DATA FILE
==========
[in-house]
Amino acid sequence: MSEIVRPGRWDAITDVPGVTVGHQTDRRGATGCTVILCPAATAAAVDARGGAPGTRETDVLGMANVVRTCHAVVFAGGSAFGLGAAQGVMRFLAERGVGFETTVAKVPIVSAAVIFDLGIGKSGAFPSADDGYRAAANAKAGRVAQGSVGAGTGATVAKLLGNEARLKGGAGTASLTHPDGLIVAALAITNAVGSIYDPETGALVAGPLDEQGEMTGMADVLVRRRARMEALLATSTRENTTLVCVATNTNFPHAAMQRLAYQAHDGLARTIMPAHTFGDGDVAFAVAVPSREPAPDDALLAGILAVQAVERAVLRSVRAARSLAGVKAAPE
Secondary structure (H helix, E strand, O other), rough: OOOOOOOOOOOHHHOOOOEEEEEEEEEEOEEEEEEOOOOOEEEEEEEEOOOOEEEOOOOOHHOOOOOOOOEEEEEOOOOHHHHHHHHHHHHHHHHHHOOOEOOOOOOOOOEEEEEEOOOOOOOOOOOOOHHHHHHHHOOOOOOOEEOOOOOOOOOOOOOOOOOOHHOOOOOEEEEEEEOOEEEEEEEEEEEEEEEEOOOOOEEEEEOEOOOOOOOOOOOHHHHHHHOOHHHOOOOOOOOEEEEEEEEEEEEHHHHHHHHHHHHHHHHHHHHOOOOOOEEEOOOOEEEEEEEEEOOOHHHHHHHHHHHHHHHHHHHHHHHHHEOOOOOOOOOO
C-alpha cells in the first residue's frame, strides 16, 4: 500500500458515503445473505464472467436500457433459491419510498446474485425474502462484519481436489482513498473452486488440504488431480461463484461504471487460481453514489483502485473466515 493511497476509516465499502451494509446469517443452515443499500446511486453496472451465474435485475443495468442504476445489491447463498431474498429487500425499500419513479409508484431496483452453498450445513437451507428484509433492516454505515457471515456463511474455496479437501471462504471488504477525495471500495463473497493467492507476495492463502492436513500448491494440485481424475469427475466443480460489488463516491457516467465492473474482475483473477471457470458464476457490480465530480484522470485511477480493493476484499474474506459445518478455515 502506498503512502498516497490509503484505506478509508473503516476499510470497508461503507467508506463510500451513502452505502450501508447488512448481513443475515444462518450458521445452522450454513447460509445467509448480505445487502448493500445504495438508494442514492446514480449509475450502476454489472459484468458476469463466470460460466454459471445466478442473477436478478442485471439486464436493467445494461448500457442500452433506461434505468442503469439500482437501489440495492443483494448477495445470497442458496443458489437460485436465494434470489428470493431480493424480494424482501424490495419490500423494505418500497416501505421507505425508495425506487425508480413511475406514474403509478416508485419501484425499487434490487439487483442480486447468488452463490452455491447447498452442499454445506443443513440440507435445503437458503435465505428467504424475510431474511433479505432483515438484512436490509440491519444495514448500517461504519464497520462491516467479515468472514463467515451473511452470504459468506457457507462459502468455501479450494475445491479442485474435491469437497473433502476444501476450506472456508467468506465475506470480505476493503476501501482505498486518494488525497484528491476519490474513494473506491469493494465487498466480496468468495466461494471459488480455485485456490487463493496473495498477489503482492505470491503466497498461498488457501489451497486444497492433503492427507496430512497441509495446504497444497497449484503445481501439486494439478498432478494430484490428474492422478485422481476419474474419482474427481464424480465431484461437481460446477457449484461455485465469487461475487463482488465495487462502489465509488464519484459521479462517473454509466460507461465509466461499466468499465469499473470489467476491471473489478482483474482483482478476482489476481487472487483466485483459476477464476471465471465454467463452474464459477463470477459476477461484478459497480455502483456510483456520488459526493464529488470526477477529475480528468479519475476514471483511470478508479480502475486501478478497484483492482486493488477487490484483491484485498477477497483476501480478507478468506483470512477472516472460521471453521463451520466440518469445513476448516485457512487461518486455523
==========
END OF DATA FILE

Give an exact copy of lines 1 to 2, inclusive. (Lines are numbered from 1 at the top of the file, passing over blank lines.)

[in-house]
Amino acid sequence: MSEIVRPGRWDAITDVPGVTVGHQTDRRGATGCTVILCPAATAAAVDARGGAPGTRETDVLGMANVVRTCHAVVFAGGSAFGLGAAQGVMRFLAERGVGFETTVAKVPIVSAAVIFDLGIGKSGAFPSADDGYRAAANAKAGRVAQGSVGAGTGATVAKLLGNEARLKGGAGTASLTHPDGLIVAALAITNAVGSIYDPETGALVAGPLDEQGEMTGMADVLVRRRARMEALLATSTRENTTLVCVATNTNFPHAAMQRLAYQAHDGLARTIMPAHTFGDGDVAFAVAVPSREPAPDDALLAGILAVQAVERAVLRSVRAARSLAGVKAAPE